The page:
Another component associated with server 30 is the new key generation block 74. In this block (which may be a software component of server 30 or a dedicated computer system), the access code tables for new storage devices may be generated and copies thereof provided to the server 30 (e.g., for inclusion in the customer database 54) and/or the storage device fabrication facility (e.g., for inclusion within the new storage devices). Matching of storage device serial number (or other identifying criteria) and access code table is important otherwise it may not be possible to gain entry to a storage device.
FIG. 6 now illustrates an example of an access code controller 80 for a locking device 28, portions of which may be housed in the electronics bay 22 of storage device 10 described above. A central component of the access code controller 80 is a micro-controller/computer 82. In some embodiments, this micro-controller/computer may be a general-purpose microprocessor with associated volatile and non-volatile memory. The nonvolatile memory may be programmed with an operating system and various subroutines for the microprocessor to provide the needed functionality and may also store the access code table for the locking device where such a table is used. An interface unit 84 may be provided for intercommunication with server 30 (where the storage device operates in other than a stand-alone mode) and this interface unit may allow for communication via the Internet, the PSTN and/or an RF or other network. This interface unit may also be configured to accept access codes from an owner-operated remote control as described above.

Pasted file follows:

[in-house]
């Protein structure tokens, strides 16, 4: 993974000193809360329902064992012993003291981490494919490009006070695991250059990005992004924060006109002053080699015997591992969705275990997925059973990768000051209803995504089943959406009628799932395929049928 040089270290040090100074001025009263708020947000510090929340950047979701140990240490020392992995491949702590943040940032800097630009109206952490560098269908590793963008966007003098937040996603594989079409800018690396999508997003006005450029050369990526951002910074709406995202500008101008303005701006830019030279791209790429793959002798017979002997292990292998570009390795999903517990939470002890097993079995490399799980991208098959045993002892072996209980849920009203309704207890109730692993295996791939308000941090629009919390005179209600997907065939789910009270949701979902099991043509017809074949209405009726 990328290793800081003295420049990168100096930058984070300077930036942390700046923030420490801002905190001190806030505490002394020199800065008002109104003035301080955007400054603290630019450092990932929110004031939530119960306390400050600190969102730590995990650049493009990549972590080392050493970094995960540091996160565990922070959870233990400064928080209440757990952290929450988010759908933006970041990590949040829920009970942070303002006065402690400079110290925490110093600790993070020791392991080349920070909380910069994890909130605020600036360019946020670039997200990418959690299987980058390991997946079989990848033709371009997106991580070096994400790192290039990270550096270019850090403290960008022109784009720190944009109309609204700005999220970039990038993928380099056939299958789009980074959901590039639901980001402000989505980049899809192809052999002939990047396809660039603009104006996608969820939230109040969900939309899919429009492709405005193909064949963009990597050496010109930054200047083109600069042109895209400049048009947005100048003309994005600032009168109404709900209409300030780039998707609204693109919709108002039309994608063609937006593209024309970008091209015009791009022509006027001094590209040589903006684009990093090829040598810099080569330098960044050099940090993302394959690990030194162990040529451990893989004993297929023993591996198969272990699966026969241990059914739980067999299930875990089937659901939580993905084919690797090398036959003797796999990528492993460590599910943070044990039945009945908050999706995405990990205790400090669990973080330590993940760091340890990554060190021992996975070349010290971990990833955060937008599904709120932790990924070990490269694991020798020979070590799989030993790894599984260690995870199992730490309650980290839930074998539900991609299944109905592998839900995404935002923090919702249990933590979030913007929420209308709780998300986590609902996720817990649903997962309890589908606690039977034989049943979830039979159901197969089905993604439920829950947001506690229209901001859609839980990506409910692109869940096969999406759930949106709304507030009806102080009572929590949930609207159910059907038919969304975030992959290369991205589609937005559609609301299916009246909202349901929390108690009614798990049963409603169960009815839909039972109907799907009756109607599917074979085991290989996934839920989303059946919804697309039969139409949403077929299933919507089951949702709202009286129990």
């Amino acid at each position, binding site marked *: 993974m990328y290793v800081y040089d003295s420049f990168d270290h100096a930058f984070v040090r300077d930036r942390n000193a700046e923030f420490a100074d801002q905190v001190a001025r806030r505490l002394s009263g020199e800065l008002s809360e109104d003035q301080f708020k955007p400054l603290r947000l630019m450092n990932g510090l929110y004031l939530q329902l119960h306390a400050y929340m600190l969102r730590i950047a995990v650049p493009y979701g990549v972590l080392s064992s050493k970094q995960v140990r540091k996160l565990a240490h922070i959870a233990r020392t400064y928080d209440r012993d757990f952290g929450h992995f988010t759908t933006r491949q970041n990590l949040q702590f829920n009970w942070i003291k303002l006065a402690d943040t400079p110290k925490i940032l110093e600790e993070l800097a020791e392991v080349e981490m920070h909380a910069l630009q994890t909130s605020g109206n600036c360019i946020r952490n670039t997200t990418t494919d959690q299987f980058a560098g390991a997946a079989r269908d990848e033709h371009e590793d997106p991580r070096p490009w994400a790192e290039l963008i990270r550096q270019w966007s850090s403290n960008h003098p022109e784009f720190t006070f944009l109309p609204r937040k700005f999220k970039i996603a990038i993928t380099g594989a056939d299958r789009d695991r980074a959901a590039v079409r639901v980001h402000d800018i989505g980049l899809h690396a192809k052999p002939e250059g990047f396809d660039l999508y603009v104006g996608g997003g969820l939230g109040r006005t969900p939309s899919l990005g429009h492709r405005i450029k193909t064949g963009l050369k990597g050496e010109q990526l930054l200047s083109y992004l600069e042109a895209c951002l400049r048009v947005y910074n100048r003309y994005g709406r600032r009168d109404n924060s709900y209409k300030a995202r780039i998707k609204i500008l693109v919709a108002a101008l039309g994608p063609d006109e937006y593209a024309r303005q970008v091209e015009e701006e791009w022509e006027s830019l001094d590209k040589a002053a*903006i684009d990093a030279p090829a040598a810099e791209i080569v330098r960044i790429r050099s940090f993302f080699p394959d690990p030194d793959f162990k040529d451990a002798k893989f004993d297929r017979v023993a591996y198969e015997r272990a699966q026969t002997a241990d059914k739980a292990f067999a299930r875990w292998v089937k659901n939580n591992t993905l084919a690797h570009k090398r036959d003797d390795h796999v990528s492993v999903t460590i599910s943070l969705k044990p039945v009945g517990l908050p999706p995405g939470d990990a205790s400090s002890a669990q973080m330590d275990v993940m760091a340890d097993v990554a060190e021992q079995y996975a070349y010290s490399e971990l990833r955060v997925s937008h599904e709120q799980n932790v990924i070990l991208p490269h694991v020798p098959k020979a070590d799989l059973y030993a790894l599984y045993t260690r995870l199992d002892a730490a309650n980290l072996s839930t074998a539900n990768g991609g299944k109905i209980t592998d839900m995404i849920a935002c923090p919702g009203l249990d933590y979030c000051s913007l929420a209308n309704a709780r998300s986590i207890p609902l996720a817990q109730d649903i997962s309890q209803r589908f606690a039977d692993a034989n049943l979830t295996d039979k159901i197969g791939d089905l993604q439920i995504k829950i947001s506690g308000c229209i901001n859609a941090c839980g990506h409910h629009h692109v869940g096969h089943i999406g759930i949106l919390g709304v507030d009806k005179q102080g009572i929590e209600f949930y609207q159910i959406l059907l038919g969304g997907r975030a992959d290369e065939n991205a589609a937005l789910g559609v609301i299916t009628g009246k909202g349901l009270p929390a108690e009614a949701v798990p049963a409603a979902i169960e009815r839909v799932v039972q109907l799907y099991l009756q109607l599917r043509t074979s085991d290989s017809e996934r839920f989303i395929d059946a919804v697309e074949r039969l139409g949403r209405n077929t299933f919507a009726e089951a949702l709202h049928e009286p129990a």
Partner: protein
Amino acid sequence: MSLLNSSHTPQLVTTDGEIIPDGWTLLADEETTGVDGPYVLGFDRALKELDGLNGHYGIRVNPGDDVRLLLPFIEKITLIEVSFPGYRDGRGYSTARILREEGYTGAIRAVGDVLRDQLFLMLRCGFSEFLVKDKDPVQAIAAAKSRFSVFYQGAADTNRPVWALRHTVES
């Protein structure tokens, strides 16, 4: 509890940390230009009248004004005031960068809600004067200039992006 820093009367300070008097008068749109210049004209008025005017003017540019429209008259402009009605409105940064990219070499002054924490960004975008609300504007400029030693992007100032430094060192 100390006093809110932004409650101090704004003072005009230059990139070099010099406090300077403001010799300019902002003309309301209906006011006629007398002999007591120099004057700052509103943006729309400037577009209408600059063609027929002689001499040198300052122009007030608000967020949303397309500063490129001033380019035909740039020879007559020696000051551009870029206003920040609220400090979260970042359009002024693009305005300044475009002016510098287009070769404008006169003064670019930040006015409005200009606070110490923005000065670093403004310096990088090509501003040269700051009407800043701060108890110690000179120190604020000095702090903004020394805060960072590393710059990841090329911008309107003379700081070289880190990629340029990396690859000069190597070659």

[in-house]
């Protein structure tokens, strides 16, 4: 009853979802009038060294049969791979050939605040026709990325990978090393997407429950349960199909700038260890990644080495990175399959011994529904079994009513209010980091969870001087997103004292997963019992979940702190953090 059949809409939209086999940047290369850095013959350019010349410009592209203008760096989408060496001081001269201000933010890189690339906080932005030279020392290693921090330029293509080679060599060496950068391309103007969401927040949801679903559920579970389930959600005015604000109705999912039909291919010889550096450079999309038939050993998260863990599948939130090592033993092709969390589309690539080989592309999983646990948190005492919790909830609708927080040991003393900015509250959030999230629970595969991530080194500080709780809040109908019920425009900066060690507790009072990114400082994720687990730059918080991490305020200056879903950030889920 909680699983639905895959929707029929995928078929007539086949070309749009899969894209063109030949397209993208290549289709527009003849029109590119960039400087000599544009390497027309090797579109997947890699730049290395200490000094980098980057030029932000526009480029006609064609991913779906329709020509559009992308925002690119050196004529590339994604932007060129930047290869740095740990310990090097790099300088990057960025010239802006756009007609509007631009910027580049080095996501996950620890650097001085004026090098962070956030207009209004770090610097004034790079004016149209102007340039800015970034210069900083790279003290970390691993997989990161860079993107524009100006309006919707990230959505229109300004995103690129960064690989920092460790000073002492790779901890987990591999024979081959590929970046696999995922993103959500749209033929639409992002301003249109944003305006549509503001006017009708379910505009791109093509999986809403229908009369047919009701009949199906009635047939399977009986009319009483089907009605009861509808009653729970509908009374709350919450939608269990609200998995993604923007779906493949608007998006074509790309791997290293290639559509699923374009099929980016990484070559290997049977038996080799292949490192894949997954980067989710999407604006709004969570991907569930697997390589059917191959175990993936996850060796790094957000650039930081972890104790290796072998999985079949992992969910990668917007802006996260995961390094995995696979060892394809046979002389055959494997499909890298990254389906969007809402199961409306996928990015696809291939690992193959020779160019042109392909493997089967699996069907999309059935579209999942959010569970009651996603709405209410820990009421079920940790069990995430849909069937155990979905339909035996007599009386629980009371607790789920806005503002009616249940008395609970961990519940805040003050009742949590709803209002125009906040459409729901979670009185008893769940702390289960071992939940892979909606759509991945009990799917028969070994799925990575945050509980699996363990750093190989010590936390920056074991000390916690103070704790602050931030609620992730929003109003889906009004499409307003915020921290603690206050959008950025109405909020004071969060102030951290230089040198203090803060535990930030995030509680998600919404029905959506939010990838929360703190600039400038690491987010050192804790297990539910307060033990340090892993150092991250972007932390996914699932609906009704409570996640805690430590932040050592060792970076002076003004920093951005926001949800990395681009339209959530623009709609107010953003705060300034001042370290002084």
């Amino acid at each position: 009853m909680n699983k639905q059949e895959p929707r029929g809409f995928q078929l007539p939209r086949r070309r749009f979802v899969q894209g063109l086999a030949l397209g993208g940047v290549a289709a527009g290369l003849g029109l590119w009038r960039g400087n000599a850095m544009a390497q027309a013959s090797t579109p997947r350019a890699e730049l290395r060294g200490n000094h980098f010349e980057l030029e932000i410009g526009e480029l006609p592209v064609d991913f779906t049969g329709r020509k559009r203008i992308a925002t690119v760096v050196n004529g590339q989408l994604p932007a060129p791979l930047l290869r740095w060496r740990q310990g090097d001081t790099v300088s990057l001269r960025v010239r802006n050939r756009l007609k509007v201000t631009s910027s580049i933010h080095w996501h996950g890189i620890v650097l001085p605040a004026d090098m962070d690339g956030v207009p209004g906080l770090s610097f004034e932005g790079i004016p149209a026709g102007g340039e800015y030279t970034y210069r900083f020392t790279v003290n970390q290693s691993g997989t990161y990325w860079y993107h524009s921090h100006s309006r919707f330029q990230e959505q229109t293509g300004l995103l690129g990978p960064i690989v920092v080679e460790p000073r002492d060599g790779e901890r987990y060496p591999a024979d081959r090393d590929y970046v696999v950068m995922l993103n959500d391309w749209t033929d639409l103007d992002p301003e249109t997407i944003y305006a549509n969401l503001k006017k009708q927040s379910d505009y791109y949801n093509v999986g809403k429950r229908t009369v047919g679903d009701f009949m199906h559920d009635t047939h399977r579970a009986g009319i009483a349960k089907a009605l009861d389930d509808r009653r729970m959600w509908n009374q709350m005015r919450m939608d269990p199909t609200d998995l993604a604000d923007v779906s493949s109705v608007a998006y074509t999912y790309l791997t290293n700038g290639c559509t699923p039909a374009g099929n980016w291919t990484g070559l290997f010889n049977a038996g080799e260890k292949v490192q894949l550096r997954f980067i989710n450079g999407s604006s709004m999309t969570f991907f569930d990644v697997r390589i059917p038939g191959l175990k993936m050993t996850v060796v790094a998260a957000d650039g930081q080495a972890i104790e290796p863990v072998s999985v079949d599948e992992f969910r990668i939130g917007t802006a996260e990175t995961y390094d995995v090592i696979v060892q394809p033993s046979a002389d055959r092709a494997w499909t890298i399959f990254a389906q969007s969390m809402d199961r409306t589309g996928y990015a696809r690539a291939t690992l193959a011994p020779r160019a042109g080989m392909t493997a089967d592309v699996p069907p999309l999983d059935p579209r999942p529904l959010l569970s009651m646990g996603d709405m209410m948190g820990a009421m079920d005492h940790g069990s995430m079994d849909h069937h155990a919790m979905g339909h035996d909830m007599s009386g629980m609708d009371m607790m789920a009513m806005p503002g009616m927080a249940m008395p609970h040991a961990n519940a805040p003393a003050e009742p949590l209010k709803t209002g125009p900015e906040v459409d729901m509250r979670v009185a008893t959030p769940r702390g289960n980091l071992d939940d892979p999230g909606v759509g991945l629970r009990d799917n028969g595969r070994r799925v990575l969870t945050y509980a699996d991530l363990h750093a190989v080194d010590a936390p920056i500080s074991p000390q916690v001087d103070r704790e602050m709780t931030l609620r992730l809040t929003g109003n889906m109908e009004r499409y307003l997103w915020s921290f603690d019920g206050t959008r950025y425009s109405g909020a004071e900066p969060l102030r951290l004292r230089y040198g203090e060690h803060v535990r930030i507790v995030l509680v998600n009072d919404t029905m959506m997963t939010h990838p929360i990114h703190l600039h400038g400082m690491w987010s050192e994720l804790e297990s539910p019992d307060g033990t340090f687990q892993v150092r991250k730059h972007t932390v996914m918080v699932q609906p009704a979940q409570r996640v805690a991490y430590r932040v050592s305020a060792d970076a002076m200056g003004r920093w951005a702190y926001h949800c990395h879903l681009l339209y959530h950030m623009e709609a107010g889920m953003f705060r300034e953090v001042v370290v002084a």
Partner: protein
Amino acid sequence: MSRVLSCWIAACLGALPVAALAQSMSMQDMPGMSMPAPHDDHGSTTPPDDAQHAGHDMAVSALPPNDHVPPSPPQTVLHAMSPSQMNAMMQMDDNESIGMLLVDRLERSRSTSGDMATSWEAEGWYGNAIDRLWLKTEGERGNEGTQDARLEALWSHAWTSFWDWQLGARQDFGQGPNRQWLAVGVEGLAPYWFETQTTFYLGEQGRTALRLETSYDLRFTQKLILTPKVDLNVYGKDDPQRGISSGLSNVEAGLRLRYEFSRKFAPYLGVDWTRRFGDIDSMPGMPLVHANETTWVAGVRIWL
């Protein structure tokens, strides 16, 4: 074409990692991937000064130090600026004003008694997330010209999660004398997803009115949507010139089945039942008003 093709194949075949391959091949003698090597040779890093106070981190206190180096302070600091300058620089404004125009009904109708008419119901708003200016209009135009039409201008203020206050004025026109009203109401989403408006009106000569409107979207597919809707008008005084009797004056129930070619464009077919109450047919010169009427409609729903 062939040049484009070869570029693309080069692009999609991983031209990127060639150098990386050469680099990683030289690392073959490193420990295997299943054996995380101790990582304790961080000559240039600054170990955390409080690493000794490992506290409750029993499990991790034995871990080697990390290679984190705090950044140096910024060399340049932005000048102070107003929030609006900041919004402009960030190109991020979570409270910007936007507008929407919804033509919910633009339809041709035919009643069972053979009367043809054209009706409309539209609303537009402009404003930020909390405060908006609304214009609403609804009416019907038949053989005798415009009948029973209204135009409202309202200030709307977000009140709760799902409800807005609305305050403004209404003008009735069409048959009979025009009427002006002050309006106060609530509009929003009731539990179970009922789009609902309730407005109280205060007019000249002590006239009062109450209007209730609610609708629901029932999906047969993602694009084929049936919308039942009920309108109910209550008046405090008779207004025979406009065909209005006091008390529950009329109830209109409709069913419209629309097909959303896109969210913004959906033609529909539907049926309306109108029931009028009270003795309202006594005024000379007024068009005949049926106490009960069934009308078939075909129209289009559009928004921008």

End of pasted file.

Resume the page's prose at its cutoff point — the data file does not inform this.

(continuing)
The micro-controller/computer 82 is configured to accept inputs (e.g., access codes) from the access code entry unit 16. As indicated above, these codes may be provided in a variety of formats, such as keystrokes from a keypad, magnetic stripe reader and/or bar code scanner. Other access code entry devices may also be used. Upon entry of an access code, the micro-controller/computer may be programmed to compare the entered code with the available valid codes and, upon successful comparison issue a control signal to an actuator 86 to unlock the storage device. If the entered code does not match a valid code, a failure message may be displayed on a display device 88 (e.g., a liquid crystal or other display, which, in some cases, may be part of the access code entry unit 16). Where several failed attempts (e.g., 3) to gain access to the storage device occur in succession, the micro-controller/computer may be programmed to reject any further attempt to open the storage device until the owner enters a special reset or other code. In such cases, the micro-controller/computer may also be configured to report such attempted access to the server 30 for further investigation. Other deterrence mechanisms include prolonging the lock-out period between repeated access attempts.